Let’s talk about mould…
A few years ago I was diagnosed with an auto-immune disease called CIDP, the chronic version for Guillain-Barré syndrome. It started with pins and needles in both feet, migrated to the rest of my legs and started in my fingers and hands with a gradual loss of sensitivity. Then came muscle weakness and loss of balance and before the final diagnosis (after a few scans and tests, and a good 3-4 months down the line from the first symptoms) I was hobbling and finding it hard to do all the things a mum of two young children was supposed to do.
What’s this got to do with mould I hear you ask? To be honest, I don’t know for sure. But after 5 years on steroids, and a very disfiguring flare-up of rosacea (also classed as auto-immune), I decided it was time I tried to find out what was really wrong with my body. After various inconclusive exclusion tests, experimenting with diet, I decided to pay for an expensive state-of-the-art blood test that looked at secondary antibody reactions to a very comprehensive list of foods and proteins.
Among the more usual suspects (gluten, egg) were some curve balls, not least a very clear reaction to yeast. My nutritional therapist informed me, much to my dismay, that this included wine and vinegar, aged cheese, any fermented food in fact. But it also meant there was a link to household mould, which, although I thought I kept generally at bay as much as a busy working mum could, I had never really worried too much about (those patches where the water stagnates on the bathroom window sill, the badly ventilated corner of the extension, the window frame in the bedroom, the door seal of the washing machine…).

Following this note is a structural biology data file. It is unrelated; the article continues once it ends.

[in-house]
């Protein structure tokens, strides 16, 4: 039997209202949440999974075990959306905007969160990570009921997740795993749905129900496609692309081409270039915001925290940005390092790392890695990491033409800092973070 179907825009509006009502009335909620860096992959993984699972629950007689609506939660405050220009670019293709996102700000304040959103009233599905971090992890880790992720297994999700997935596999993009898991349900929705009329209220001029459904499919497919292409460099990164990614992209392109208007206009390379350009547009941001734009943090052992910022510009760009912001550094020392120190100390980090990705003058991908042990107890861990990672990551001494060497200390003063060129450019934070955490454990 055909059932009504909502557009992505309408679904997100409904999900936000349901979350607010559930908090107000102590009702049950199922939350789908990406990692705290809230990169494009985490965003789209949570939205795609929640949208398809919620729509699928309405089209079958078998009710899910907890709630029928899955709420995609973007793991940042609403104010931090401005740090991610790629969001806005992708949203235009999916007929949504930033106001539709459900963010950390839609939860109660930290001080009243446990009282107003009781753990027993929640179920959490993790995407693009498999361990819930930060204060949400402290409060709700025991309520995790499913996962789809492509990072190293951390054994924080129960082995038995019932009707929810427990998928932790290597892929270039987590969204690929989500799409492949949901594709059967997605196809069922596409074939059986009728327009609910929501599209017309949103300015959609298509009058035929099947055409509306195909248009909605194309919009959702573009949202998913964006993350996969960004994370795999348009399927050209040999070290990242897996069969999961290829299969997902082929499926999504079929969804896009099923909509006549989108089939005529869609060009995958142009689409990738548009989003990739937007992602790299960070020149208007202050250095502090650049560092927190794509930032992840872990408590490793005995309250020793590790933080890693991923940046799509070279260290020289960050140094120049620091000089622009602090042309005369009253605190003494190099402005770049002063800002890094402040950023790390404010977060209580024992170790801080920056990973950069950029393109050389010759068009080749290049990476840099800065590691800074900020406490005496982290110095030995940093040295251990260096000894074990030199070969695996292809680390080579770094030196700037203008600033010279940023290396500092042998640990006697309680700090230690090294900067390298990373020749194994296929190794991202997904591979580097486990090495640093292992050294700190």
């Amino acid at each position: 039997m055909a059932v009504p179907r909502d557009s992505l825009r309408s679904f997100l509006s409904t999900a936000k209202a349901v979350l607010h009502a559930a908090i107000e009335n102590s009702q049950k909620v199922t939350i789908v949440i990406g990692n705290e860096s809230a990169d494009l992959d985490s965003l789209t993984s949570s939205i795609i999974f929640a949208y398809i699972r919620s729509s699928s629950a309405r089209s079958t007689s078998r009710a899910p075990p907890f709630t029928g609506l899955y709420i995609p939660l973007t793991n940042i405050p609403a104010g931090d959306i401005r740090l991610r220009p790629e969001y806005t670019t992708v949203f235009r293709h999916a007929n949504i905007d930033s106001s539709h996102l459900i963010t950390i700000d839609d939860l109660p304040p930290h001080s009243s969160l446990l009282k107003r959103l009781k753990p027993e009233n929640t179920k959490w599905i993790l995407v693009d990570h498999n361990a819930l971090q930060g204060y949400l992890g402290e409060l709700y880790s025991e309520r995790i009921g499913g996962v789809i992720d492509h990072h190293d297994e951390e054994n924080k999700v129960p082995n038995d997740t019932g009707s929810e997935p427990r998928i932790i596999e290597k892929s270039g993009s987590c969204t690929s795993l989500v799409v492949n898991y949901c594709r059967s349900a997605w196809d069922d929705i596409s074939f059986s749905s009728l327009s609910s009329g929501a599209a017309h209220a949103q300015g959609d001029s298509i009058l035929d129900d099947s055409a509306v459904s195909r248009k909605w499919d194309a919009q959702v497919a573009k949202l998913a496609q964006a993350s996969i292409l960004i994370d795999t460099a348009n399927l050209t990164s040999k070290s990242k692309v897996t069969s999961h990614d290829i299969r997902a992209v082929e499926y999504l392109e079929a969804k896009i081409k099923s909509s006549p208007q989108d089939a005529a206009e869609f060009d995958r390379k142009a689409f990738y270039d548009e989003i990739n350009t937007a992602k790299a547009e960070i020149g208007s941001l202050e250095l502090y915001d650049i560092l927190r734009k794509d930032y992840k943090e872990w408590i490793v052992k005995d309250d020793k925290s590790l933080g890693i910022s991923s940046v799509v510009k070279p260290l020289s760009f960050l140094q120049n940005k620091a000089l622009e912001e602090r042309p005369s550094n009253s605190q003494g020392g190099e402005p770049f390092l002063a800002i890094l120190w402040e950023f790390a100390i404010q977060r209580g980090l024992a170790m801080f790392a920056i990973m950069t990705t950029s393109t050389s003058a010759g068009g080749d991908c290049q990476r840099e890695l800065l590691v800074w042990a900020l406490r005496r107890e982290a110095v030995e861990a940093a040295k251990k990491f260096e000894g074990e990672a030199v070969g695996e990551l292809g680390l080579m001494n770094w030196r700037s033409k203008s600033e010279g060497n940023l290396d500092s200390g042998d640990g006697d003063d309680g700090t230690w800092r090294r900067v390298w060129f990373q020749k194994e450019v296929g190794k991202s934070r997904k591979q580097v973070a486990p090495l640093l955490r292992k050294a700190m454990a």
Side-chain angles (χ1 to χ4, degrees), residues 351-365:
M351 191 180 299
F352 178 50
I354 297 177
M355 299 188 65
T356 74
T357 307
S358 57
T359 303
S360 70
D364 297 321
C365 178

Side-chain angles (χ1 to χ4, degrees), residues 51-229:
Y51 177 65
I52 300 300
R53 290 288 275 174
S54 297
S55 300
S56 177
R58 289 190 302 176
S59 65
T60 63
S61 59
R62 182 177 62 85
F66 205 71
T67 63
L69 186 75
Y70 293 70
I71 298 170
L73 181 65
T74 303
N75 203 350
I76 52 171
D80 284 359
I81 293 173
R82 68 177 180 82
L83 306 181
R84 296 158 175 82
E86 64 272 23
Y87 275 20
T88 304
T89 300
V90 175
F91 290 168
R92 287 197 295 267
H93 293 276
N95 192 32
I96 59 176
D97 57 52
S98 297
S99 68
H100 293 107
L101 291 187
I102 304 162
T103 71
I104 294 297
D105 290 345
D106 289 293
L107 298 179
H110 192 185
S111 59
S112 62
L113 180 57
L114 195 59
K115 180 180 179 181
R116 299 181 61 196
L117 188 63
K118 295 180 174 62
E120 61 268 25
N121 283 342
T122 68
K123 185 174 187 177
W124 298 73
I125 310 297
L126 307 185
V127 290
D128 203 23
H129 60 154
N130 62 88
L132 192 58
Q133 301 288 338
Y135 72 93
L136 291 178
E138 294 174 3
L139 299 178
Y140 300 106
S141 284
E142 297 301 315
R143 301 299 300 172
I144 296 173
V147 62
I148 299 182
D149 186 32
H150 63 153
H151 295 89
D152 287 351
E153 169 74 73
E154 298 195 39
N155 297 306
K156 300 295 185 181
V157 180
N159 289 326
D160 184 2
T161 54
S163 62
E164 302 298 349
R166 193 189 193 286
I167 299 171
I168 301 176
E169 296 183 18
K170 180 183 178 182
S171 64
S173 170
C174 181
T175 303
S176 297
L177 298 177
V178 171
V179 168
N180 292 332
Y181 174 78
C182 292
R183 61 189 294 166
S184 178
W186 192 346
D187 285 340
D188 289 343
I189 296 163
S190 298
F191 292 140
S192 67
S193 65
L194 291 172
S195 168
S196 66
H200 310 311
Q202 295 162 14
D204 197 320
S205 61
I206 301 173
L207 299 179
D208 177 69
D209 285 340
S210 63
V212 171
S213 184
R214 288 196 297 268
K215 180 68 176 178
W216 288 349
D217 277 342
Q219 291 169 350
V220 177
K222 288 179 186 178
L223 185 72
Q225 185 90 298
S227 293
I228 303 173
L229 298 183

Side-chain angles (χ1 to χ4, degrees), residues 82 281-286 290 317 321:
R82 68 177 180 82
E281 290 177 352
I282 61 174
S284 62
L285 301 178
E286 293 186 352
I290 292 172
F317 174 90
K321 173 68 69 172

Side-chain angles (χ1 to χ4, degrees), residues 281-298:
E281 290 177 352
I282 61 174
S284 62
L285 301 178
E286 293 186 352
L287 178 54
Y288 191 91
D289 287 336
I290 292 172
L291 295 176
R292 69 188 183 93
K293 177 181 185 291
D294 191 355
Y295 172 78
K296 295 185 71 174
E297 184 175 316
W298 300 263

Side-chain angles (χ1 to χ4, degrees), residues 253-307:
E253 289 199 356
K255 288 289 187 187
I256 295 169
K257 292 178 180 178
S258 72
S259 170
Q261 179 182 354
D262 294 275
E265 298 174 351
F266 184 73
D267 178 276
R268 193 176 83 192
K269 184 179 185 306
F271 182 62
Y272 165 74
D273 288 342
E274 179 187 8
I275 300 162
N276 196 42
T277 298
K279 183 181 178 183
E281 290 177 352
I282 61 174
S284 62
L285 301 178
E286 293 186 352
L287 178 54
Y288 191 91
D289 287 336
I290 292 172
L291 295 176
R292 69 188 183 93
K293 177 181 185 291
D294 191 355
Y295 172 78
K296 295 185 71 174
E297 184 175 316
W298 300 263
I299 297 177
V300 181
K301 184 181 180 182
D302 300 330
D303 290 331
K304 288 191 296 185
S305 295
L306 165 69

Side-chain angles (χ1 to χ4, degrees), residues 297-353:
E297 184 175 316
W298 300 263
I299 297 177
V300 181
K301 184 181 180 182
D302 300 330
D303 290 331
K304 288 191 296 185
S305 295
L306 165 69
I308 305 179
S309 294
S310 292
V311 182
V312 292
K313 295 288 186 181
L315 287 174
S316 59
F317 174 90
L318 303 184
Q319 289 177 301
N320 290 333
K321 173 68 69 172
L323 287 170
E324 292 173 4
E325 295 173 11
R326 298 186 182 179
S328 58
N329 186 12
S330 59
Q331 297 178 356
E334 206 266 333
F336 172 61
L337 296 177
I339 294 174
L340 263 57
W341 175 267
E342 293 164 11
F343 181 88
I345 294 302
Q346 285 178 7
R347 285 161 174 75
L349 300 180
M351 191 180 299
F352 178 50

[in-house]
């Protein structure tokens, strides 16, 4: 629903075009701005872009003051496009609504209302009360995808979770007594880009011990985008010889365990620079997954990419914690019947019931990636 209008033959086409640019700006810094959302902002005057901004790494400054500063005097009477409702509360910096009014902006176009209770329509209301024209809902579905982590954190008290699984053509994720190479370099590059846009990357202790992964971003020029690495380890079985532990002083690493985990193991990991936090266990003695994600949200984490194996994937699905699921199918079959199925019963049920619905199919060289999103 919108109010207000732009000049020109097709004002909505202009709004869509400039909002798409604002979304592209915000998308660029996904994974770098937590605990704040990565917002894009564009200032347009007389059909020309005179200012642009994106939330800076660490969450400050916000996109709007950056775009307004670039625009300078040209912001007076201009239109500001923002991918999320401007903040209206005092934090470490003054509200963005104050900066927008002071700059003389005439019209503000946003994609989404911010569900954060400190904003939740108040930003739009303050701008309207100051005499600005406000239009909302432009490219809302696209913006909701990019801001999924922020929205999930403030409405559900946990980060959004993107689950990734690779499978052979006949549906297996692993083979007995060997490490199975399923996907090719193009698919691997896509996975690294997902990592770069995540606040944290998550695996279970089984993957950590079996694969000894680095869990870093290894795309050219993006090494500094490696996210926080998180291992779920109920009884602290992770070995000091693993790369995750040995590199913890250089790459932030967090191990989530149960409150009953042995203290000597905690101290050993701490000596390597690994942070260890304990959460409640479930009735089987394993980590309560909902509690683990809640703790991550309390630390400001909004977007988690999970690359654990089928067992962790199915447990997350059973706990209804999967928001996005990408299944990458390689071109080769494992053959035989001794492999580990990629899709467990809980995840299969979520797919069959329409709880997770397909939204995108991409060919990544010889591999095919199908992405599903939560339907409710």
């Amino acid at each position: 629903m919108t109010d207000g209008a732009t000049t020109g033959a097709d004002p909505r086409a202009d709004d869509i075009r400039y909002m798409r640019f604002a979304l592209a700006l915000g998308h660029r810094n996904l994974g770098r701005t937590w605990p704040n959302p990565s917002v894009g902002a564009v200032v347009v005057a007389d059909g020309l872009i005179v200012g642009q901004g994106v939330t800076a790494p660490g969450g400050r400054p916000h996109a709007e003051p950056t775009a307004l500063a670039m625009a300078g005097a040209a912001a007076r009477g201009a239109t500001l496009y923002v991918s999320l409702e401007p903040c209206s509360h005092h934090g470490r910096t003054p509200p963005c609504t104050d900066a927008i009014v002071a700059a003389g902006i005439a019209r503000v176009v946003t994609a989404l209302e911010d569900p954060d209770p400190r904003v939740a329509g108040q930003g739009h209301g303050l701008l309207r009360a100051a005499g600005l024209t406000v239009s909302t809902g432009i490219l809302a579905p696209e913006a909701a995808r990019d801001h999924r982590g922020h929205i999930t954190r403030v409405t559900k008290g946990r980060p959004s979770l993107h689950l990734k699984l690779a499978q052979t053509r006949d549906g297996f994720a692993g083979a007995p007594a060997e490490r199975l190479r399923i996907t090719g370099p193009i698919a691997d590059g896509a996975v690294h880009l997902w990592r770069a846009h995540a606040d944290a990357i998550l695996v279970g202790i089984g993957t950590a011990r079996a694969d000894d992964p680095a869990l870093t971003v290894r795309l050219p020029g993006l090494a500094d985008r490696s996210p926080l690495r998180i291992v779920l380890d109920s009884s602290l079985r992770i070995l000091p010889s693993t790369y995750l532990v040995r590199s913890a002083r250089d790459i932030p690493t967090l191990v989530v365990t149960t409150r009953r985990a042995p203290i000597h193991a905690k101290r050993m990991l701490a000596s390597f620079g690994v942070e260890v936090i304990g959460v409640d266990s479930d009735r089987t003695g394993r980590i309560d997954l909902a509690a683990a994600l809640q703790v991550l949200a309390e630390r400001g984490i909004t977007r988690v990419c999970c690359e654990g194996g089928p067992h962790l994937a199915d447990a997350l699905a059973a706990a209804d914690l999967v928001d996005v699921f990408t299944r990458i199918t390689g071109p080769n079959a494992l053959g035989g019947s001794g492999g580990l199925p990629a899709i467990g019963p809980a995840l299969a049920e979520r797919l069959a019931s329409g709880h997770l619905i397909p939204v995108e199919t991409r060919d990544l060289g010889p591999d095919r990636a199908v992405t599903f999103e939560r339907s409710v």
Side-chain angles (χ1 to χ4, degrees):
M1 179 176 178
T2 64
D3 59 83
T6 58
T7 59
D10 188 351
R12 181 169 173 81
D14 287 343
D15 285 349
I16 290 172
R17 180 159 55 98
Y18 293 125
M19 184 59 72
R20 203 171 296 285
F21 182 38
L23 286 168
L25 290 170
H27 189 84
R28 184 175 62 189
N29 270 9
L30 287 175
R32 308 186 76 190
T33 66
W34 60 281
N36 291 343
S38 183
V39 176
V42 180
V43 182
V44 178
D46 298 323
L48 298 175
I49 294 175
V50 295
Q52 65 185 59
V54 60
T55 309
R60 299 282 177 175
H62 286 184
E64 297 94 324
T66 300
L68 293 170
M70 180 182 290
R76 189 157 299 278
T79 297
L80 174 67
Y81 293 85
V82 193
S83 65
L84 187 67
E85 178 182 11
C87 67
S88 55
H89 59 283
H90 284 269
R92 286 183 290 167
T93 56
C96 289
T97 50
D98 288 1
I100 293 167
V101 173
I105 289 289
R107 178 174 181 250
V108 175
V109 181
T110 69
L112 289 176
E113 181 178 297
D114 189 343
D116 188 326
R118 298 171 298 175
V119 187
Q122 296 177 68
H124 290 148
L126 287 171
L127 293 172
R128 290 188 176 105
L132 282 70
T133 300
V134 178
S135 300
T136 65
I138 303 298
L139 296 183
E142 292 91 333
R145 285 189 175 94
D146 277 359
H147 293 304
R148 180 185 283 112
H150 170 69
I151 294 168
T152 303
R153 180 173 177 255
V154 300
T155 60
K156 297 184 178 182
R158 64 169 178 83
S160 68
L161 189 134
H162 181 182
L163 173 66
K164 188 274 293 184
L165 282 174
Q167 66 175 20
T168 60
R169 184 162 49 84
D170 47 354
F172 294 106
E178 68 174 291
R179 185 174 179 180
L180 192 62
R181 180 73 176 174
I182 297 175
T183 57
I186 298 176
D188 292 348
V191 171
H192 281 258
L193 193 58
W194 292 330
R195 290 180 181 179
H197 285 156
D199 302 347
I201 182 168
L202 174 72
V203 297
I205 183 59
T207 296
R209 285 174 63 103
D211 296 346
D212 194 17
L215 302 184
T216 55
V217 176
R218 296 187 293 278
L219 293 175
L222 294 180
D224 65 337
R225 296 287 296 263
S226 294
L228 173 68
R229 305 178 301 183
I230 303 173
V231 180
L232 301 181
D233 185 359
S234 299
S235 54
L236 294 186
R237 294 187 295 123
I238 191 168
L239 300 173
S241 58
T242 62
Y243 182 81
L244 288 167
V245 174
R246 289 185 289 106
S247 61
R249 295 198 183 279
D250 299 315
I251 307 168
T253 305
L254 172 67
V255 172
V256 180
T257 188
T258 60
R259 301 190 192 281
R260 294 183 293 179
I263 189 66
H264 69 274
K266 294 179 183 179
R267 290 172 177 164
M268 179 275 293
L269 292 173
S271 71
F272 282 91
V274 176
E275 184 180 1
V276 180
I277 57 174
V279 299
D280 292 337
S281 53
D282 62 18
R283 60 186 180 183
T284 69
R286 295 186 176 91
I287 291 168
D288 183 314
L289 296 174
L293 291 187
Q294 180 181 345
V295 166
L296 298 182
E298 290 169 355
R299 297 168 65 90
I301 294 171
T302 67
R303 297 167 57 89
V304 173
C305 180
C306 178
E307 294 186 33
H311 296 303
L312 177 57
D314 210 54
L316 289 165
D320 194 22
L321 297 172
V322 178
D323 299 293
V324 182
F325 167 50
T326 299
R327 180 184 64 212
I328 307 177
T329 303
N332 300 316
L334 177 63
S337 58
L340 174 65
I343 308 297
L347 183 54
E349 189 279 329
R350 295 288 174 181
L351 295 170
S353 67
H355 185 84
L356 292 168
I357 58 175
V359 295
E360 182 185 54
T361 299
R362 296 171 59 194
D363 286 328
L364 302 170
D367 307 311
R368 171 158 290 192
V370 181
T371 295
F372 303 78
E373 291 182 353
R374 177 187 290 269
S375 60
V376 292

And even though it was my job to design good ventilation for other people’s buildings, and introduce those same standards to large-scale residential projects, the reality was that most people’s homes were just like mine: new and old houses alike that are poorly ventilated and damp are prone to mould growth that is known to be damaging to health and may even have impacts like the ones I had experienced on my immune system, presumably as part of a perfect storm of a genetic predisposition, stress and lack of sleep.
This is one of the reasons why I am making it my mission to introduce as many people as possible to the Passive House standard. Because although it is primarily known for its energy credentials – Passive House certified buildings on average consume approximately 70% less than their business-as-usual counterparts – it originated as a quality standard for the indoor environment: by insisting on controlled ventilation (with heat recovery) and higher surface temperatures on the inside (a direct result of triple glazing and high insulation performance), mould growth is perpetually inhibited.
It’s time we lifted the curtain on badly conceived, poorly constructed and ill-maintained dwellings, as more and more of us try to make the house we live in a healthy home fit for the future.